For the rhino, beauty does not lie in the eye of the beholder. For the past 5 years, the Il Ngwesi community have tried to grow their rhino population, but nothing doing.
James Ole Kanyagi, senior tour guide at the community ranch says that they have since found out that for rhinos to want to mate, there must be competition.
“If there is only one male and one female, they will never mate. There has to be a competition for the male rhinos to want to mate with the female,” he says, adding that they are now in the process of getting another male black rhino to start the mating game.
So far, their three rhinos are still intact. None have partaken in the sacred union, which in their case lasts for a cool 40 minutes, per session. Should they be named the new kings of the jungle, I wonder?
Well as you debate that, be informed that the mating game goes on all week, and after each union, the female rhino in its excitement chases down its male counterpart, just for fun!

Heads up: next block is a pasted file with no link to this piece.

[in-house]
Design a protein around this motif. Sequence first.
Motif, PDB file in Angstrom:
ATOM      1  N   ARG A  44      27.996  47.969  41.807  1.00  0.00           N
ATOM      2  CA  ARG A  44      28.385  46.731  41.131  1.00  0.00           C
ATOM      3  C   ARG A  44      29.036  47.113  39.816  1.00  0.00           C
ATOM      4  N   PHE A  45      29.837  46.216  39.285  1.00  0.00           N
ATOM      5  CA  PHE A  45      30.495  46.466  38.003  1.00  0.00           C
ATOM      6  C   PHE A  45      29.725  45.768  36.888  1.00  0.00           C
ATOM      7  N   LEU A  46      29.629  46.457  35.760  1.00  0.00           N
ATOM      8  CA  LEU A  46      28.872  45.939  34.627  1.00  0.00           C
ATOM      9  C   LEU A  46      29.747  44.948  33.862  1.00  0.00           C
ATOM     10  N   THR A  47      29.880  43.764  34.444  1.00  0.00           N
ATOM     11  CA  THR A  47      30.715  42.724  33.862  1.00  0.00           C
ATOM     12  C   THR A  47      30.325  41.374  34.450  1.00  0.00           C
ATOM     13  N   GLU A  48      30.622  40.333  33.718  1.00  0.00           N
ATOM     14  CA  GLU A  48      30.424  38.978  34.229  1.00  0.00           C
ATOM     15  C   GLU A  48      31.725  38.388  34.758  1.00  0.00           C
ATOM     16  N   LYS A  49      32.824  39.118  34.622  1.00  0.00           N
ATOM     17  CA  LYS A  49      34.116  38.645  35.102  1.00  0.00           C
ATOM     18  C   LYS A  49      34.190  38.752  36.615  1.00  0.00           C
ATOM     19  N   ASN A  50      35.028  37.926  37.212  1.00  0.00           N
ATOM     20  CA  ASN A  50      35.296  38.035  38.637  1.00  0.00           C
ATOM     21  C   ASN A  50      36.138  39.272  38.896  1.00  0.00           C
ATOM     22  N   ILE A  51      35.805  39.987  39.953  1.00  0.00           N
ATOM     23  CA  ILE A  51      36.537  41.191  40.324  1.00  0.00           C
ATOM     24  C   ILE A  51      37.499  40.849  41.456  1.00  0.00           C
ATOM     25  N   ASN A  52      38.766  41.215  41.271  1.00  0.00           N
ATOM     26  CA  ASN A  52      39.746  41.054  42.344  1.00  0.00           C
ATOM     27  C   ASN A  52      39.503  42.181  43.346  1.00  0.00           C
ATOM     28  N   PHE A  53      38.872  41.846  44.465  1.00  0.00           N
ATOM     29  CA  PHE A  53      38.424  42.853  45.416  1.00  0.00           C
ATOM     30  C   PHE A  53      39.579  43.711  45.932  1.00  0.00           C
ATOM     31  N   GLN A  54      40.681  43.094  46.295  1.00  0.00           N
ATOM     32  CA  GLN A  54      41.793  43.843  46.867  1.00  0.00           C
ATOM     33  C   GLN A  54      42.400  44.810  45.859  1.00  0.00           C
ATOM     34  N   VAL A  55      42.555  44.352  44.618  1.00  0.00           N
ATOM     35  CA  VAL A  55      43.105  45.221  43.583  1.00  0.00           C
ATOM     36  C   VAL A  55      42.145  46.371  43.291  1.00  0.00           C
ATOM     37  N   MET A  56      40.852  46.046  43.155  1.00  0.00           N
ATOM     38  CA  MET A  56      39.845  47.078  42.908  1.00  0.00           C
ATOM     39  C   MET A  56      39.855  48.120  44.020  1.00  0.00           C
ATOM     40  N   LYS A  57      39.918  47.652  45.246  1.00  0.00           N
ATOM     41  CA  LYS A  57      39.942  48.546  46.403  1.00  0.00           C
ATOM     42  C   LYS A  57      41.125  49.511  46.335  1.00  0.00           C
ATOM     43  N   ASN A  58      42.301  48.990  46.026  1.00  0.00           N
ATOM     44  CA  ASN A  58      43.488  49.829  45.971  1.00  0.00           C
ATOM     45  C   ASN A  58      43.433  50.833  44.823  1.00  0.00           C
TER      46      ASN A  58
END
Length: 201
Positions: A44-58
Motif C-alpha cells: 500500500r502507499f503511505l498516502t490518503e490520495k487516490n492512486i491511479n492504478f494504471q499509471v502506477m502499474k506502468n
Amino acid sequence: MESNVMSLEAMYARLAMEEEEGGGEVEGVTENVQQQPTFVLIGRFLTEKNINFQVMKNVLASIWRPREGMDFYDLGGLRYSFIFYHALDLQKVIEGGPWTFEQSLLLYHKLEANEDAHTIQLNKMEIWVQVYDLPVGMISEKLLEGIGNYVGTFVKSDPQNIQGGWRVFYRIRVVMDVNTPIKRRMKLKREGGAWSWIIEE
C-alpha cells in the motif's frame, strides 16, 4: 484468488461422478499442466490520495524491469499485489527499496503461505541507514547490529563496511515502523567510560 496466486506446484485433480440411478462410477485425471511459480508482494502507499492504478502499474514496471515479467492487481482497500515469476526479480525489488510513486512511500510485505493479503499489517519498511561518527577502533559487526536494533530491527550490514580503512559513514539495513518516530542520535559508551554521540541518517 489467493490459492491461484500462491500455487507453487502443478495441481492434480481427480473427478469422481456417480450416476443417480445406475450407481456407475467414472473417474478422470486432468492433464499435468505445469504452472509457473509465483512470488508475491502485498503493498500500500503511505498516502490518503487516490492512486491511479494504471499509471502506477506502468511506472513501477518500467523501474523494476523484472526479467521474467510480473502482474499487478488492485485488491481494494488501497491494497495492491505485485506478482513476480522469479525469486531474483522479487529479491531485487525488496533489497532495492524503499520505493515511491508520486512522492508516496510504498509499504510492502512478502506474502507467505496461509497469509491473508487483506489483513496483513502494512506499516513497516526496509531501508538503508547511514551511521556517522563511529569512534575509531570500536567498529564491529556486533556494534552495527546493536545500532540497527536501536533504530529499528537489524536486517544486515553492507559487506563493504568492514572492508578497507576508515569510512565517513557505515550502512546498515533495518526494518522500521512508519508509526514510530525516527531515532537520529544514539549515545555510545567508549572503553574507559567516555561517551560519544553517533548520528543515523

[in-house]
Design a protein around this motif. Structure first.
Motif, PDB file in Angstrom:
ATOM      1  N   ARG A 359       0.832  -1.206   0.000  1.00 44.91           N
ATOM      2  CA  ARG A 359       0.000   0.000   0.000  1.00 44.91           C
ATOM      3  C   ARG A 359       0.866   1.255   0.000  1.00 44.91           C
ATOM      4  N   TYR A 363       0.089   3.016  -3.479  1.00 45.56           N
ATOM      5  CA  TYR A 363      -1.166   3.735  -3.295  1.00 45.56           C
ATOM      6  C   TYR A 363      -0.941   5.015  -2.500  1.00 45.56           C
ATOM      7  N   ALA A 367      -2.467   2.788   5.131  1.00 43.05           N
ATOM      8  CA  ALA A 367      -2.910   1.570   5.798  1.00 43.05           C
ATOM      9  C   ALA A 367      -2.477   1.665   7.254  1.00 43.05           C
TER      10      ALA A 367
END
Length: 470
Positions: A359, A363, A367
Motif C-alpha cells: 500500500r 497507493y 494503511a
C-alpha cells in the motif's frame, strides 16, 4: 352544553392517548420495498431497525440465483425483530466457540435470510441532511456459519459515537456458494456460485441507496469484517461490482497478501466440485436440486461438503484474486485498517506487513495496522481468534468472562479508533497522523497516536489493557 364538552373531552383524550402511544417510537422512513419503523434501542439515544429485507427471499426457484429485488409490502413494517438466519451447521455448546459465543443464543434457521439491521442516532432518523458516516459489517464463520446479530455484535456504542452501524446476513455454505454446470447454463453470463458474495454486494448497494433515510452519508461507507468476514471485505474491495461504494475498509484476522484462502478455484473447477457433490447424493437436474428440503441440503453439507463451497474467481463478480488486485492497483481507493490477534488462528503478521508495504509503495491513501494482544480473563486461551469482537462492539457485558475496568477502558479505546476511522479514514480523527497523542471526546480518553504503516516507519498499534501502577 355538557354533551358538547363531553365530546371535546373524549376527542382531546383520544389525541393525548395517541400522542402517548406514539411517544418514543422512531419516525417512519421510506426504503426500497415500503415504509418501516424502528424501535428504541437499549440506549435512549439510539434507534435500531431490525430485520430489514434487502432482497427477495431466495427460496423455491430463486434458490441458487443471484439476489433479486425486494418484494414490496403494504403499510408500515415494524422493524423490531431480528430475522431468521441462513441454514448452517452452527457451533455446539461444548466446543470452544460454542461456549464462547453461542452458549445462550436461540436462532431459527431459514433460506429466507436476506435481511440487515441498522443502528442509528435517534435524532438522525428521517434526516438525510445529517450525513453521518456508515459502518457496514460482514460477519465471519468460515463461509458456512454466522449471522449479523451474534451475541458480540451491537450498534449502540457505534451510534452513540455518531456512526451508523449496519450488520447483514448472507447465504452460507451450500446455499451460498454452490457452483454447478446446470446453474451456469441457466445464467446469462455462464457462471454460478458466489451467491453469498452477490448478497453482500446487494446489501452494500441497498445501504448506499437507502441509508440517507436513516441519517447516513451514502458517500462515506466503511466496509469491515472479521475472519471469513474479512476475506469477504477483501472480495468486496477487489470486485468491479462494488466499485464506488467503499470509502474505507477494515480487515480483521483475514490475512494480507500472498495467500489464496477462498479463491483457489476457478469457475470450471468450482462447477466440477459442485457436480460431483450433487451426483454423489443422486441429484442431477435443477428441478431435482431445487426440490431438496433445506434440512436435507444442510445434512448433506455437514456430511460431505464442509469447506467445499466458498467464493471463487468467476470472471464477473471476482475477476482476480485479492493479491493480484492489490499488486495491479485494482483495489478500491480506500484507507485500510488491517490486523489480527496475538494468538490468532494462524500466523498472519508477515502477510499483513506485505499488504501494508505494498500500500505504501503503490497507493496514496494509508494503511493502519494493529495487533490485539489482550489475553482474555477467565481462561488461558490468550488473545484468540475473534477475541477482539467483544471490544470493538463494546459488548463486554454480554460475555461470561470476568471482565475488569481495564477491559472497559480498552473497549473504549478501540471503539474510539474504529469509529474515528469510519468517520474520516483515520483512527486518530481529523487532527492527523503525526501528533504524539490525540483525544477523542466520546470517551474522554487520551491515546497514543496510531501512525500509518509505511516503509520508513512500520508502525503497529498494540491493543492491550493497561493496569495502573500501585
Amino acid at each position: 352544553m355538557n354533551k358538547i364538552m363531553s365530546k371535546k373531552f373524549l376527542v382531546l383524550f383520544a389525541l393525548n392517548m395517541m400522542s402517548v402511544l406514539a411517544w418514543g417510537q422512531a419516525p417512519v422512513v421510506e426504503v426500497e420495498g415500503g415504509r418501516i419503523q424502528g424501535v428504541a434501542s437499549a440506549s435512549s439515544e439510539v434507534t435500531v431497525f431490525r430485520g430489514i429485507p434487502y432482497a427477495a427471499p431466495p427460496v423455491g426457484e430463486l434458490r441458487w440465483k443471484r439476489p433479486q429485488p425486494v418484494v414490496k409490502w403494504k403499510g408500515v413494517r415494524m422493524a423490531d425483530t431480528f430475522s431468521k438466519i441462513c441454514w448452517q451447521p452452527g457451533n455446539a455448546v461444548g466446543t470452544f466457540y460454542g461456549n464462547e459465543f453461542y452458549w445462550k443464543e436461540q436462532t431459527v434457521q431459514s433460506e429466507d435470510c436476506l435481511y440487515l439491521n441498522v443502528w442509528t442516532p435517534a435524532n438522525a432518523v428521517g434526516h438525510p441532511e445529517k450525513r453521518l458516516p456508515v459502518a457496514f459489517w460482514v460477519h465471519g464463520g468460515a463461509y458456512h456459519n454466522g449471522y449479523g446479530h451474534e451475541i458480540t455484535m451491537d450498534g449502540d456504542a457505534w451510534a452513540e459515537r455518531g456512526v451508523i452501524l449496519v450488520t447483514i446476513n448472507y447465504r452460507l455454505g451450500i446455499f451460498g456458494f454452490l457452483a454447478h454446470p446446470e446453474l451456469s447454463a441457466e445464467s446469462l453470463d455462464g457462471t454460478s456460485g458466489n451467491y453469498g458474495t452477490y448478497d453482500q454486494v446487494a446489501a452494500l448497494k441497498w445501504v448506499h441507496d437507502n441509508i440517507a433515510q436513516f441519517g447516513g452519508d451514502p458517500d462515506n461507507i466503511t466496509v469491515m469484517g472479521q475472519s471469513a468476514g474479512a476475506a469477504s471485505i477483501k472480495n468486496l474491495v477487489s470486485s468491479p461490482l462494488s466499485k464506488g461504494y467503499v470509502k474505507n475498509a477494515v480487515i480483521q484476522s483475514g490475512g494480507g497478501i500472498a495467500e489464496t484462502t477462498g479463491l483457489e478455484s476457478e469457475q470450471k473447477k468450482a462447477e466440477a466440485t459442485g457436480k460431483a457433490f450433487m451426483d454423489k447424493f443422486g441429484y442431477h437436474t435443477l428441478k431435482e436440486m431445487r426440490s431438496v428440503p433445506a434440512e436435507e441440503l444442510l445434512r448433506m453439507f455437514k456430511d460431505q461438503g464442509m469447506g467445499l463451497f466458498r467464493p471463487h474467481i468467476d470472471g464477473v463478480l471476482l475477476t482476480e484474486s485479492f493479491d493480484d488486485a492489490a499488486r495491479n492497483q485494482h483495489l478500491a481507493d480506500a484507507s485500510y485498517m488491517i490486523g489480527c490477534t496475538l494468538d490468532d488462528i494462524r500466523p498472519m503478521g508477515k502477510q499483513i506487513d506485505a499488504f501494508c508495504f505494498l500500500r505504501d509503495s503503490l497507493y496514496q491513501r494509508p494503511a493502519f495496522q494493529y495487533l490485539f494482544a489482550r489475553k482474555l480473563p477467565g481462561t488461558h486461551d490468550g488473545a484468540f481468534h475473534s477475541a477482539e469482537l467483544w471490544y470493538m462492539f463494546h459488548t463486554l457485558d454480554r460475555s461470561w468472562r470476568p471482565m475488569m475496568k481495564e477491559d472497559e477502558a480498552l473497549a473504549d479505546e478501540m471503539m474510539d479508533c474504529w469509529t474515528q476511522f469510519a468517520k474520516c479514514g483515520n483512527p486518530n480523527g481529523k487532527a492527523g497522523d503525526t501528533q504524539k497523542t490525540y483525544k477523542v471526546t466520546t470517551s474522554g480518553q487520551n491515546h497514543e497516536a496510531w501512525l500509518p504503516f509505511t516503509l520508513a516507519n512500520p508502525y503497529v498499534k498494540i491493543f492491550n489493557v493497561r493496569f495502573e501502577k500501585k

“These rhinos are a project we want to undertake to protect the species, since there has been a recent uptake in cases of poaching. These animals have become endangered once again. There are about 3 or 4,000 around the country, but at some point they were about 68,000 of them. Before poaching was banned these numbers had dwindled to as little as 300,” says James.
The rhino sanctuary at Il Ngwesi is off bounds, and one can only see rhinos when they come to the edge of the boundary, fenced off to keep even other animals away.
“They are guarded by Kenya Police Reserve rangers, in case any poachers make their way in there.”
This is just one among many activities being undertaken by the Il Ngwesi community to empower themselves.
“We are happy to be able to do this. Now tourists should stop concentrating on the Mara and come and see what we have to offer too. This is a beautiful country,” he says.